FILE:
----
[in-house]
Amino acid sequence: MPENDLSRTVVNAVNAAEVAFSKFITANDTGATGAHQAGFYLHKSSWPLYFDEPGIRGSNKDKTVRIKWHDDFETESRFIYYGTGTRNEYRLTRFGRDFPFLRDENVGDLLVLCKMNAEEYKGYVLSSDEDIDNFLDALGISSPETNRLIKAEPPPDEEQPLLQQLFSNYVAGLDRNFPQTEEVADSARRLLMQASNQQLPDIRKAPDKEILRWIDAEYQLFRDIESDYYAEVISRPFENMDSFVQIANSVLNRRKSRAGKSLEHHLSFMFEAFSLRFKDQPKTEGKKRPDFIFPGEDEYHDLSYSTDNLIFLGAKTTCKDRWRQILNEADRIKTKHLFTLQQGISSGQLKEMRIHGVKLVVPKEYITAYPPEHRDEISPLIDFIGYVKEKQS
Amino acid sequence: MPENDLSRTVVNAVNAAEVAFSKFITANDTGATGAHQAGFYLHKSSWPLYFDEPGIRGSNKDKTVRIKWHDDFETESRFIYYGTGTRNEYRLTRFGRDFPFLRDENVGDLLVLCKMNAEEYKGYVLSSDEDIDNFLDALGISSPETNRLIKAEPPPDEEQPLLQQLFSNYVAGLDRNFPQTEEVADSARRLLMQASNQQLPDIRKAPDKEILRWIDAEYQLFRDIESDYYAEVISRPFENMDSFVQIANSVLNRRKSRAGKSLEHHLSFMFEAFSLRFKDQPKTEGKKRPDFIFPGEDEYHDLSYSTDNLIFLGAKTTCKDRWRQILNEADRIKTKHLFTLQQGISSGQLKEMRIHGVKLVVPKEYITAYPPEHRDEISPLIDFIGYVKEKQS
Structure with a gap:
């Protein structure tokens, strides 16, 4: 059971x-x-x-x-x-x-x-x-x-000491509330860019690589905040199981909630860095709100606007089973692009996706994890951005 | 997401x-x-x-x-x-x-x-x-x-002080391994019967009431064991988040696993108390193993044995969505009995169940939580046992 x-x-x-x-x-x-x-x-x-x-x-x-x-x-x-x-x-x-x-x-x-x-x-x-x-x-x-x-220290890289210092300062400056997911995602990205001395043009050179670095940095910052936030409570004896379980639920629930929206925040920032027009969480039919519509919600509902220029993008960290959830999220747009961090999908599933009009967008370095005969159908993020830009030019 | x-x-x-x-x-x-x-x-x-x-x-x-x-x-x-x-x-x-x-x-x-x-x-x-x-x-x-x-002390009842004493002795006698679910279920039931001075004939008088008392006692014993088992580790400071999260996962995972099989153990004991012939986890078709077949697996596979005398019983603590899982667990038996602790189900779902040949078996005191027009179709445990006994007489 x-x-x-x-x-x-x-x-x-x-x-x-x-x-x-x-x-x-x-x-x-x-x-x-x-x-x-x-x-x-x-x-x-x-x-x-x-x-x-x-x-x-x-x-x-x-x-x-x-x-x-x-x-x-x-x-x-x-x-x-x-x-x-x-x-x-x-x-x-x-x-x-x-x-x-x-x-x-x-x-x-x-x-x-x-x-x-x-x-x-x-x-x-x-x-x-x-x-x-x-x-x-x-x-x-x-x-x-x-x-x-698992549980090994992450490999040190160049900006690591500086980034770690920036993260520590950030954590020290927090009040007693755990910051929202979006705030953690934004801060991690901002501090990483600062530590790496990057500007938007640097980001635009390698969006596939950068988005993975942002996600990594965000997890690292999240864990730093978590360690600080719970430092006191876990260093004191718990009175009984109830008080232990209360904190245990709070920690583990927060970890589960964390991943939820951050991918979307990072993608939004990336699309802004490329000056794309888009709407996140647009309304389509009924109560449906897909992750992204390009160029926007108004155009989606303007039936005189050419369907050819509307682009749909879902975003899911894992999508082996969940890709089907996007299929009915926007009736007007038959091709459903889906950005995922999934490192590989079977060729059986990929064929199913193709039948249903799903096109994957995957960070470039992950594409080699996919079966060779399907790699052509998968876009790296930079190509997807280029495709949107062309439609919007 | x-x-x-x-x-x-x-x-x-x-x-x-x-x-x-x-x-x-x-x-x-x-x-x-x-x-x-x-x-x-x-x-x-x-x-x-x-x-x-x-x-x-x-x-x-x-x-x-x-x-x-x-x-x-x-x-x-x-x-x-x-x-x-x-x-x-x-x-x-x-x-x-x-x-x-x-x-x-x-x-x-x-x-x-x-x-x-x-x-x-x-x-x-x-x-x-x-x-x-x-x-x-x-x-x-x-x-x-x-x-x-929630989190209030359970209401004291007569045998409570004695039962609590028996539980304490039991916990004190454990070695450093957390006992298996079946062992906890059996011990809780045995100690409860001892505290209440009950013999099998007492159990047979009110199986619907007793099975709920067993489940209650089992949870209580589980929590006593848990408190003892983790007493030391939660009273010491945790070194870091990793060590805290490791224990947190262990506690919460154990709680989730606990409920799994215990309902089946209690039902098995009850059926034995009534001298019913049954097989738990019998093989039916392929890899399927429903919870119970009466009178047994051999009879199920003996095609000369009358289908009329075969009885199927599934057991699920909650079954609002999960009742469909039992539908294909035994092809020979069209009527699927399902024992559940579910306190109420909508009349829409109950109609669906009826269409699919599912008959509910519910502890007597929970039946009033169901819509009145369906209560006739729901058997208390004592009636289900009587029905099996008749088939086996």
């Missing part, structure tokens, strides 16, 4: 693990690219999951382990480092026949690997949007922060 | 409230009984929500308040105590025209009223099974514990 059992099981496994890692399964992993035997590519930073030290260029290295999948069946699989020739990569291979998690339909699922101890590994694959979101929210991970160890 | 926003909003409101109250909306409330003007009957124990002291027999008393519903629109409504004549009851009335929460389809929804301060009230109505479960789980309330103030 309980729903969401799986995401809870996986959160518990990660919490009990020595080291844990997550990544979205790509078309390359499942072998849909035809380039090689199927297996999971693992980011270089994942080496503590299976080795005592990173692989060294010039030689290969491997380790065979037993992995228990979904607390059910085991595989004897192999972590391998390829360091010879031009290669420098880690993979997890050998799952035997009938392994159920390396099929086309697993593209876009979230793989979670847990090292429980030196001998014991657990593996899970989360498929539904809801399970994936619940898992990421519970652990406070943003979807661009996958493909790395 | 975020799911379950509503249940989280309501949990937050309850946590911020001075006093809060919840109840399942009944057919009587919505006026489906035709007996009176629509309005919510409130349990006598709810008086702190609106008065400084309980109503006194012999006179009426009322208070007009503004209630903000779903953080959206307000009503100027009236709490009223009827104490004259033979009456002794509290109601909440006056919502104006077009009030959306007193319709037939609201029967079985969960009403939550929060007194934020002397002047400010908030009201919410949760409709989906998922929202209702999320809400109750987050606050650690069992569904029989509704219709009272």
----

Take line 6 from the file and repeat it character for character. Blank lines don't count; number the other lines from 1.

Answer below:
């Missing part, structure tokens, strides 16, 4: 693990690219999951382990480092026949690997949007922060 | 409230009984929500308040105590025209009223099974514990 059992099981496994890692399964992993035997590519930073030290260029290295999948069946699989020739990569291979998690339909699922101890590994694959979101929210991970160890 | 926003909003409101109250909306409330003007009957124990002291027999008393519903629109409504004549009851009335929460389809929804301060009230109505479960789980309330103030 309980729903969401799986995401809870996986959160518990990660919490009990020595080291844990997550990544979205790509078309390359499942072998849909035809380039090689199927297996999971693992980011270089994942080496503590299976080795005592990173692989060294010039030689290969491997380790065979037993992995228990979904607390059910085991595989004897192999972590391998390829360091010879031009290669420098880690993979997890050998799952035997009938392994159920390396099929086309697993593209876009979230793989979670847990090292429980030196001998014991657990593996899970989360498929539904809801399970994936619940898992990421519970652990406070943003979807661009996958493909790395 | 975020799911379950509503249940989280309501949990937050309850946590911020001075006093809060919840109840399942009944057919009587919505006026489906035709007996009176629509309005919510409130349990006598709810008086702190609106008065400084309980109503006194012999006179009426009322208070007009503004209630903000779903953080959206307000009503100027009236709490009223009827104490004259033979009456002794509290109601909440006056919502104006077009009030959306007193319709037939609201029967079985969960009403939550929060007194934020002397002047400010908030009201919410949760409709989906998922929202209702999320809400109750987050606050650690069992569904029989509704219709009272």